August 2007 Archives

Jorn's Jottings

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Simmons and Cox have both disappeared, which means no Simmons Says or Friday Incompletions this week. To help lessen the withdrawl sypmtoms for those of you who can only digest information in short half-sentences separated by ellipses, I will attempt to fill the void with my own lame weekend notebook:

Phillies closer Brett Myers almost came to blows with a reporter earlier this week, but since the reporter wasn't his wife, Myers didn't throw a punch...Phillies GM (and BFF of Toronto's baseball writers) Pat Gillick once again refused to suspend Myers, just like last year when Myers brutally beat his wife on a Boston street corner...Speaking of Gillick's unholy army of asskissers, Grimace is off the Jays beat and appears, for some reason, to be covering the Red Sox and Yankees. Murray Chass and Dan Shaughnessy had better watch out...If Gord Stellick and Bill Watters were able to turn their failed stints in the Leafs front-office into high profile media-gigs, can we expect to see JFJ hosting That's Hockey next season?...If I use a question mark, does that count as one of the periods in an ellipses, or should I still have three?...Shit, another question mark...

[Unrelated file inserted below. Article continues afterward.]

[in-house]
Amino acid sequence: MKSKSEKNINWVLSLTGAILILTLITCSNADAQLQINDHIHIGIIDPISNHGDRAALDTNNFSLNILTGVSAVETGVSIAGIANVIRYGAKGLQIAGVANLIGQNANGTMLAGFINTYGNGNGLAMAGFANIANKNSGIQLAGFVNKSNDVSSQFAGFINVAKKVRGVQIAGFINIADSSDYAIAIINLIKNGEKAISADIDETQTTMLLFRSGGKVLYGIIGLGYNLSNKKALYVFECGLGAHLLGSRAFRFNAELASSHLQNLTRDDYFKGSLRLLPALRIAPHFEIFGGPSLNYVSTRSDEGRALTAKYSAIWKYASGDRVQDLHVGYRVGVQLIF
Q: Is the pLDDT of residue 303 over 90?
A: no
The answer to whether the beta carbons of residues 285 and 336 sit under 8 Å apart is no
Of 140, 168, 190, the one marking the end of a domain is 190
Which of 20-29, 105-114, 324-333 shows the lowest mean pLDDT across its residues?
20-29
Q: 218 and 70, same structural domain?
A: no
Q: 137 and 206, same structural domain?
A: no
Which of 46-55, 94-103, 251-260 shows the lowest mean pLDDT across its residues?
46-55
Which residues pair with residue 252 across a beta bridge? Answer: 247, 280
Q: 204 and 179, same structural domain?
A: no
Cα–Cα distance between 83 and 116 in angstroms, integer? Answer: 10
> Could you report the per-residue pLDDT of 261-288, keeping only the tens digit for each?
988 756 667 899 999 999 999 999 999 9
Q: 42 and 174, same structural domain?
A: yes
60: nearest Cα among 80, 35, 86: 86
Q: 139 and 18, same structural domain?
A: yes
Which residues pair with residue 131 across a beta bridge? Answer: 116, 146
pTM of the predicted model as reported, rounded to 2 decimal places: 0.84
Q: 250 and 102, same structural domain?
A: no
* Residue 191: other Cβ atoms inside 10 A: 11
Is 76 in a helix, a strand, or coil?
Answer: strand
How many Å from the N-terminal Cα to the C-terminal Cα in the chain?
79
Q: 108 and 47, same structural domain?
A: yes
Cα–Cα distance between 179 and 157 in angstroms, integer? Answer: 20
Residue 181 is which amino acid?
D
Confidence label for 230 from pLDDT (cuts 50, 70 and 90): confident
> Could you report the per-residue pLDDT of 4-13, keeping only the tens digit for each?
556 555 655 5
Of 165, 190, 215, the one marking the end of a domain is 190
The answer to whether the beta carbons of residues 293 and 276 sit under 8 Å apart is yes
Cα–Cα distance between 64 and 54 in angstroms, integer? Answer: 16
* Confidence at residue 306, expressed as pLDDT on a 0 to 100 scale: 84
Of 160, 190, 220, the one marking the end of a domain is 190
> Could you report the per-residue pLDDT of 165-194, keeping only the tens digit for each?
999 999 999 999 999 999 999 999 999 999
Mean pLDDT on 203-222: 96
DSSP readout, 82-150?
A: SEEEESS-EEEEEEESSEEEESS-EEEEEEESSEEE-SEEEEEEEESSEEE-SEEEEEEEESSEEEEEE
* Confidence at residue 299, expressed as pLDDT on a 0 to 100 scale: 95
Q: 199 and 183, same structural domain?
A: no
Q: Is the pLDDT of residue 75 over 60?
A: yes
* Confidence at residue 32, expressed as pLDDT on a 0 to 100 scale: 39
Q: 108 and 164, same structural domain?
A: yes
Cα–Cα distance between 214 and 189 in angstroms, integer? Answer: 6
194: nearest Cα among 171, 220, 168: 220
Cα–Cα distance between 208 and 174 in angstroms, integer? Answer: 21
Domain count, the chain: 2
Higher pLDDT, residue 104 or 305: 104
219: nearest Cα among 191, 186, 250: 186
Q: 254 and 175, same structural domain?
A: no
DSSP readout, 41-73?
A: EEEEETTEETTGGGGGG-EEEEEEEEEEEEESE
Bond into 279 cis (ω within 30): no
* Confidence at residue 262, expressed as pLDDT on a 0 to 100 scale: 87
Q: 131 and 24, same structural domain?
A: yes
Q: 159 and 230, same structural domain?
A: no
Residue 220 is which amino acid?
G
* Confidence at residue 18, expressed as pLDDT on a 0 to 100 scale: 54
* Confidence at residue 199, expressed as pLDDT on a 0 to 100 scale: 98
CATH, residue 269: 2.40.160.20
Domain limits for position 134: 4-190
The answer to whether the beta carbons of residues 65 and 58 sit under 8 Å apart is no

I'm not too familiar with the work of Mike Zeisberger, but I must say that having read three of his columns this week, I am really looking forward to trashing his output this season...Speaking of Zeisberger, his column today quotes Grapes giving his pick for steal-of-the-offseason: "[Mark Bell] may have been a throw-in in the Vesa Toskala deal, but he's my type of player. He's big, he can score and he can scrap when needed. He has a lot to prove, too"...Just goes to show that almost killing someone means nothing as long as you are a big Canadian boy...Exclaim magazine is to music what Simmons, Cox and the rest of the crew are to Toronto sports...When Mr. Till and I started this site, we had no idea what a prominent role Richard Griffin would have. The Cox Bloc couldn't exist without him...Brian Berard has accepted an offer to tryout with the Islanders, allowing the club to replace one convicted steroid abuser with another...Isles fans must be about as proud as Phillies fans right now...